Swami Vishnudevananda

Average: 3.6 (14 votes)
Fast Facts
Swami Vishnudevananda.jpg
Vedanta, Yoga
Main Countries of Activity: 
Date of Birth: 
Place of Birth: 
Kerala, India
In His/Her Body ("alive"): 
Date Left His/Her Body: 
Ancestor Gurus: 


Swami Vishnudevananda (December 31, 1927, Kerala, South India—November 9, 1993, Uttarakhand, India) was a disciple of Swami Sivananda, and founder of the International Sivananda Yoga Vedanta Centres and Ashrams. Considered by followers an authority on Hatha and Raja yoga, he is the author of The Complete Illustrated Book of Yoga.

Early life
A close disciple of Swami Sivananda, Swami Vishnudevananda, a Nair, was born in Kerala, South India on December 31, 1927. After a short career in the army, he coincidentally found interest in the teachings of Swami Sivananda through a copy of Sadhana Tattwa (Spiritual Instructions). Its introduction read, “An ounce of practice is worth tons of theory. Practice yoga, religion and philosophy in daily life and attain Self-realization”. Impressed, he travelled to Rishikesh to meet the author and the meeting, taking place on the stairs of the ashram leading to the Ganga (Ganges River), would change his life. Swami Sivananda was walking up the stairs and according to the custom, people were prostrating. The young army officer did not want to bow his head to anyone and hid in a doorway out of sight. A moment later, Swami Sivananda appeared unexpectedly, and prostrated to the arrogant young man. This lesson in humility was the first given to Swami Vishnudevananda by his guru.

Swami Vishnudevananda entered the Sivananda Ashram in Rishikesh in 1947 at the age of twenty. He took sannyas (became a monk) and was appointed the first professor of hatha yoga at the Sivananda Yoga Vedanta Forest Academy, and eventually trained scores of Indian and western students. At the same time he continued his own practice, mastering advanced hatha yoga techniques. When asked how he perfected these ancient practices, some of which had become obscure in modern times, Swami Vishnudevananda answered, “My master touched me and opened my eye of intuition. All this knowledge returned to me from past lives”. For ten years, he lived and worked under the direct guidance of his master.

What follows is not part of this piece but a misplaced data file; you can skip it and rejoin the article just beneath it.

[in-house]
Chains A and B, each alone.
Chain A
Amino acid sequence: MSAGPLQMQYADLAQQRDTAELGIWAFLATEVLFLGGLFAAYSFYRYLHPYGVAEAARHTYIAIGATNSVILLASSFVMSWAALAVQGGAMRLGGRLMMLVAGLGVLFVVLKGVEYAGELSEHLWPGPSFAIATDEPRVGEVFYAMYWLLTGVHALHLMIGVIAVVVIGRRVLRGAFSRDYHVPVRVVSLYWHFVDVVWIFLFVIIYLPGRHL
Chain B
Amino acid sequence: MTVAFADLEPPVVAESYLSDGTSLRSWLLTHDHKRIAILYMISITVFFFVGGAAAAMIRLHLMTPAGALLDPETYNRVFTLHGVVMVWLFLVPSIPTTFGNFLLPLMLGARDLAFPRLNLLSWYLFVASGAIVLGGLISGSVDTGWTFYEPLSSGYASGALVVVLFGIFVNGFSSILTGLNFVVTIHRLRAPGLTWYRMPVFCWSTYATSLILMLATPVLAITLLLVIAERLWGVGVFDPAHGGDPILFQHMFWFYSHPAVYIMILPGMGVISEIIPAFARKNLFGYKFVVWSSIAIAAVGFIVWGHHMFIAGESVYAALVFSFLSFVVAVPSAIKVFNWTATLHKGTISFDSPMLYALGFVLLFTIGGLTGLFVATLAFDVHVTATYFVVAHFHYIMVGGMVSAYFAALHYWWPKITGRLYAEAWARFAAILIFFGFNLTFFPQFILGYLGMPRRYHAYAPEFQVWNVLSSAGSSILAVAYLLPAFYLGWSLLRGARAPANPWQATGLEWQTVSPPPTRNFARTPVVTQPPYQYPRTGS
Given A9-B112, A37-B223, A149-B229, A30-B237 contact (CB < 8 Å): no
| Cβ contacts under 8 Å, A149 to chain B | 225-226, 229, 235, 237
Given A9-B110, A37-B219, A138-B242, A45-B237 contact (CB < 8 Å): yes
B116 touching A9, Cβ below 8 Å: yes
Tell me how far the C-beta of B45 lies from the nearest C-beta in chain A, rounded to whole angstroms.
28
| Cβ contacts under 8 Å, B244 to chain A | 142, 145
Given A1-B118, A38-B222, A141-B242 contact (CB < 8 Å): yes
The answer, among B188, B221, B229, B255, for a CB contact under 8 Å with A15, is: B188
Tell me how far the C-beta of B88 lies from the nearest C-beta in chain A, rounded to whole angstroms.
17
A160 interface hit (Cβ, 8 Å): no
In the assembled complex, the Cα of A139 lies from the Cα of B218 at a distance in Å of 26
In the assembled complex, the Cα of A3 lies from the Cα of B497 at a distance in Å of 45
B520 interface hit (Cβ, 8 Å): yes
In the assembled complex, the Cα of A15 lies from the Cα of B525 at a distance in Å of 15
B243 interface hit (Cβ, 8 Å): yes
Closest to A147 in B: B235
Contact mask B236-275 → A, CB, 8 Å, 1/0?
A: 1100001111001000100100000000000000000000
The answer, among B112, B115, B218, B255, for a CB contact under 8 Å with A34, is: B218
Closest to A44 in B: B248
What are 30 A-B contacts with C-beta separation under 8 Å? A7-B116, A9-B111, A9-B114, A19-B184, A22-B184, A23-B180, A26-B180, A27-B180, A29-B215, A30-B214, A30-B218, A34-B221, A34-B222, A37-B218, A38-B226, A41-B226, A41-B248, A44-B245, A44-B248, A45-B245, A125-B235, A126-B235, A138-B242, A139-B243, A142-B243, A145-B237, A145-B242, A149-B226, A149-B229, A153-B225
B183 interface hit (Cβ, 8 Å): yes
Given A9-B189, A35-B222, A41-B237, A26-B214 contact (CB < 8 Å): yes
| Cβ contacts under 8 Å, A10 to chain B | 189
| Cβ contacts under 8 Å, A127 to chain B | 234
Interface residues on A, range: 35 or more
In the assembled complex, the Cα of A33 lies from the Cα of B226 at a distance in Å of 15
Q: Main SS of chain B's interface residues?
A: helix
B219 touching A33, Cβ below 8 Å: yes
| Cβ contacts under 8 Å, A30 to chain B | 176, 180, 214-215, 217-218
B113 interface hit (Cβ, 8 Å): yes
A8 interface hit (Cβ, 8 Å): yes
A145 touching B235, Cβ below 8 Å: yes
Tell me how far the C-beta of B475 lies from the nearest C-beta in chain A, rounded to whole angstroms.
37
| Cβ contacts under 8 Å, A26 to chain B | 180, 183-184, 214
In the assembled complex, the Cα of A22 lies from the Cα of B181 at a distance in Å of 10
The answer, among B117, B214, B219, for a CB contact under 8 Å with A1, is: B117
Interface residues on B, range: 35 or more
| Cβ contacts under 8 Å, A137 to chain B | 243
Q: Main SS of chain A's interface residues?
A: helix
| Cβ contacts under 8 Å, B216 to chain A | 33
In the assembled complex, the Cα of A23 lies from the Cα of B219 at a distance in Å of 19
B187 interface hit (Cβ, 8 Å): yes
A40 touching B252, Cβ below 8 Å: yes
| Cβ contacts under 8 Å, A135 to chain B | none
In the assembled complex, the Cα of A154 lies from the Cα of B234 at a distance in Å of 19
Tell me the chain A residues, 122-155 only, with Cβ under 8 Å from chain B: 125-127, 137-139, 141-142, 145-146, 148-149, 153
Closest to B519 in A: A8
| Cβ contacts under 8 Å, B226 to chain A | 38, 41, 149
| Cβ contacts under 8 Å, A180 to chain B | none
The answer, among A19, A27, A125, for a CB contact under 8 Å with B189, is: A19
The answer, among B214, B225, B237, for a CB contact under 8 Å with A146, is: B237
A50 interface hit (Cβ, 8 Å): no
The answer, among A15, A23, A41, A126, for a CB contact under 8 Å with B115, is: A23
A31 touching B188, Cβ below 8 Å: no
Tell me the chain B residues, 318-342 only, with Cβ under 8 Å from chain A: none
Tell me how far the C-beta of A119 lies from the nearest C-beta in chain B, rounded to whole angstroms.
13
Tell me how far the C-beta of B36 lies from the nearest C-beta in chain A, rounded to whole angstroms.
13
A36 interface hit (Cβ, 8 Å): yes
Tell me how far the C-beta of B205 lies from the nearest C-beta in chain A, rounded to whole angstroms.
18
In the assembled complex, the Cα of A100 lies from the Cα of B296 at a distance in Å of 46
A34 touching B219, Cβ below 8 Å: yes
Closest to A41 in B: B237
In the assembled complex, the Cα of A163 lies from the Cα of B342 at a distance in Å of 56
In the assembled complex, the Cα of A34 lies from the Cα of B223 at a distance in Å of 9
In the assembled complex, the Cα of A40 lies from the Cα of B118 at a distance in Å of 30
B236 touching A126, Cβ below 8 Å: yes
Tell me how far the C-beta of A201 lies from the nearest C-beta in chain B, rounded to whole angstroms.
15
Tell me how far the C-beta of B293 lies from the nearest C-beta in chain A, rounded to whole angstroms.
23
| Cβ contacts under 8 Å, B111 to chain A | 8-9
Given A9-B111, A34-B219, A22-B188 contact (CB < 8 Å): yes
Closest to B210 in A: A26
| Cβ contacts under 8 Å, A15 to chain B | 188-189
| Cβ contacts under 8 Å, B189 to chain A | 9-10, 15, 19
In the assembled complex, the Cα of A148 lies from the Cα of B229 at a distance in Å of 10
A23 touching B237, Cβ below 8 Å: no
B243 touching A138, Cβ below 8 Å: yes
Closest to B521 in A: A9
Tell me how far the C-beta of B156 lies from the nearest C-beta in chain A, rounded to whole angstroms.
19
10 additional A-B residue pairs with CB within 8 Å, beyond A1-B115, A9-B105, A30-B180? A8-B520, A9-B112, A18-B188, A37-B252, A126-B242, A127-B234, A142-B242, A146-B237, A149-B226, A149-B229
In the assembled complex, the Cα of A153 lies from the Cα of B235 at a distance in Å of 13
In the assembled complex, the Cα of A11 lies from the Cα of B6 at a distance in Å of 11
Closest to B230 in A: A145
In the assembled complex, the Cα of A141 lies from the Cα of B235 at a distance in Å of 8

According to stories, in 1957, Swami Sivananda placed 10 rupees in Swami Vishnudevananda's palm, and urged him to take all he had learned and bring to the people of western culture, with the words “People are waiting”.

Swami Vishnudevananda travelled throughout North America, teaching yoga and observing the western life style. His mobility then and later in life would earn him the nickname "The Flying Swami". He would eventually decide to create several settlements, choosing to begin this process in Canada, with the first Sivananda Yoga Vedanta Centre in Montreal. The first Yoga camp, in 1961, was at the summer home of some students, who opted to surrender material comforts, to sleep on the floor and take cold showers.

In February 1962, Swami Vishnudevananda saw the present site of the Yoga Camp in Val Morin, Quebec, and intuitively chose to settle in the dense forest area near the Laurentian Mountains. By summer the Sivananda Ashram Yoga Camp had opened. From the modest beginning of a few small cottages and tents,there has been considerable expansion. It consists of several temples, a yoga hall, guest lodges and offices, swimming pool and sauna.
In 1967, Swami Vishnudevananda went on to establish the Sivananda Ashram Yoga Retreat in Bahamas. Situated on four tropical acres on Paradise Island, a short boat ride away from Nassau.
In the foothills of California’s Sierra Mountains, Sivananda Ashram Yoga Farm was established on an 80 acre area.
A fourth ashram, located in Woodbourne, New York, a 77 acre plot near the Catskill Mountains. Swami Vishnu-devananda named it the Sivananda Yoga Ranch Colony, hoping it would grow into a colony of families in a yogic environment.
In February 1978, Swami Vishnudevananda inaugurated the Sivananda Yoga Vedanta Dhawanthari Ashram in Neyyar Dam, near Thiruvananthapuram in Kerala. The ashram is set on ten acres in the foothills of the Sahyadri Mountains.
A small Himalayan ashram, known as Sivananda Kutir, was established in Netala, just outside of Uttar Kashi. It is situated on the banks of the Ganges and was to become the site of Swami Vishnudevananda’s jala-samadhi (sacred drowning).

In reaction to a vision (seeing people running in terror from a giant ball of fire) conceived during meditation at the Nassau ashram, Swami Vishnudevananda was prompted to found the T.W.O. (True World Order), aimed at promoting world peace and understanding. Feeling the need to train future leaders and responsible citizens of the world in the yogic disciplines, he founded the Sivananda Yoga Teacher Training Course in 1969, intent to create a chain of students who turn into teachers perpetually.

Swami Vishnudevananda attained mahasamadhi on November 9, 1993. His body was then placed into the Ganges at the Sivananda Kutir, and the rite named jalasamadhi was performed, merging the abandoned body with the water. His motto was, "Health is Wealth. Peace of Mind is Happiness."

Selected bibliography
The Complete Illustrated Book of Yoga
Meditation and Mantra (A Commentary on the Hatha Yoga Pradipika)
Karma and Disease



-- No teachings were entered yet for this guru. Please help by clicking the Edit tab and adding teachings, theories, points of view, techniques and other messages related to the guru. --